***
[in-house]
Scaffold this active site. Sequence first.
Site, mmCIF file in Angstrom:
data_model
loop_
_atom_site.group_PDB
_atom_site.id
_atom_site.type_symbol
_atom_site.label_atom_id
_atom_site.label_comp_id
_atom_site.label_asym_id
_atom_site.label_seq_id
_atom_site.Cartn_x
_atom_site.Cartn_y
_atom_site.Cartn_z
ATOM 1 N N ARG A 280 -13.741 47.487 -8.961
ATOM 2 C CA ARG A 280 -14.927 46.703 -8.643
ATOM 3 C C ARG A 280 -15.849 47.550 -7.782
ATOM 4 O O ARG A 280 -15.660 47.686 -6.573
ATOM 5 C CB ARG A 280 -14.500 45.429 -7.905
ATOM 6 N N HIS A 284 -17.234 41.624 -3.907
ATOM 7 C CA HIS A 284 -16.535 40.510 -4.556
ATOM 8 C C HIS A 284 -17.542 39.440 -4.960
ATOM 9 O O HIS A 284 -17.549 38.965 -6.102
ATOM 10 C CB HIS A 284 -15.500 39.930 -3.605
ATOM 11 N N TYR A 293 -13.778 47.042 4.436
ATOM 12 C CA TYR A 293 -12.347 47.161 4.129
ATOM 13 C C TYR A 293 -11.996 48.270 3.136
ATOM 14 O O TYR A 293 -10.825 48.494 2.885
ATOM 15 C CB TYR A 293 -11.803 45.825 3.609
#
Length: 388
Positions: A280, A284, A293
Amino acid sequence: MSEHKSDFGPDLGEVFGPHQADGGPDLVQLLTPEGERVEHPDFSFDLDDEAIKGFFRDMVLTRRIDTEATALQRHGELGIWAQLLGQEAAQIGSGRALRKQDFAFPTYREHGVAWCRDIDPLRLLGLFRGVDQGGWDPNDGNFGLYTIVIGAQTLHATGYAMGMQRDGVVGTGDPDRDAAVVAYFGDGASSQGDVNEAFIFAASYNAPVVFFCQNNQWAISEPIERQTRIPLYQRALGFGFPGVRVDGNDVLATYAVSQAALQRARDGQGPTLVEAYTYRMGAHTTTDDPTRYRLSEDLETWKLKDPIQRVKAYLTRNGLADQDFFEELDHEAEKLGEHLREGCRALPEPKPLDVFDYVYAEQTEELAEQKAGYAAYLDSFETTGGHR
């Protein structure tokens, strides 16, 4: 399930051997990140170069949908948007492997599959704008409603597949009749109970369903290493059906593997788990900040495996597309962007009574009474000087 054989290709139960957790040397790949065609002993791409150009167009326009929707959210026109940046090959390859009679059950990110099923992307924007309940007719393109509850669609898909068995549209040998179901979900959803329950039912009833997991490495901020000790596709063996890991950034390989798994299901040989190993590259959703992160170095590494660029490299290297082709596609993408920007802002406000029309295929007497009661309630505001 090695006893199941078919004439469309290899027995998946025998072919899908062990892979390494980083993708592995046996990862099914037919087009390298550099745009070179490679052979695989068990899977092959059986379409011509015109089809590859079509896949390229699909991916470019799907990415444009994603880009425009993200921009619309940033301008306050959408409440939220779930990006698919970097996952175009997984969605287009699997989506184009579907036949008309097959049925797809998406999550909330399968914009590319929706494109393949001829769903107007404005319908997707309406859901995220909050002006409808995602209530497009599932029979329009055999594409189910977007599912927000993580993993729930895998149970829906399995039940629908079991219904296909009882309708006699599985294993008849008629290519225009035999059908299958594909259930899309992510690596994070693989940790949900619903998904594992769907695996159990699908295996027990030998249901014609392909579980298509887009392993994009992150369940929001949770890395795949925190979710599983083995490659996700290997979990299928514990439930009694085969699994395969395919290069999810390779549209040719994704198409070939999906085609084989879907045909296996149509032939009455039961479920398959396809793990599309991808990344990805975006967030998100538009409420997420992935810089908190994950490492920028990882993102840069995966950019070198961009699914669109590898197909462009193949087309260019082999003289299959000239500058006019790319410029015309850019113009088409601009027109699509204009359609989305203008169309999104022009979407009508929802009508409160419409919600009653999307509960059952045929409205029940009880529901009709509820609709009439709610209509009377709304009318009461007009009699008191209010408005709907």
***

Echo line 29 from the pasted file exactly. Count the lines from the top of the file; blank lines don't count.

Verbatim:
ATOM 14 O O TYR A 293 -10.825 48.494 2.885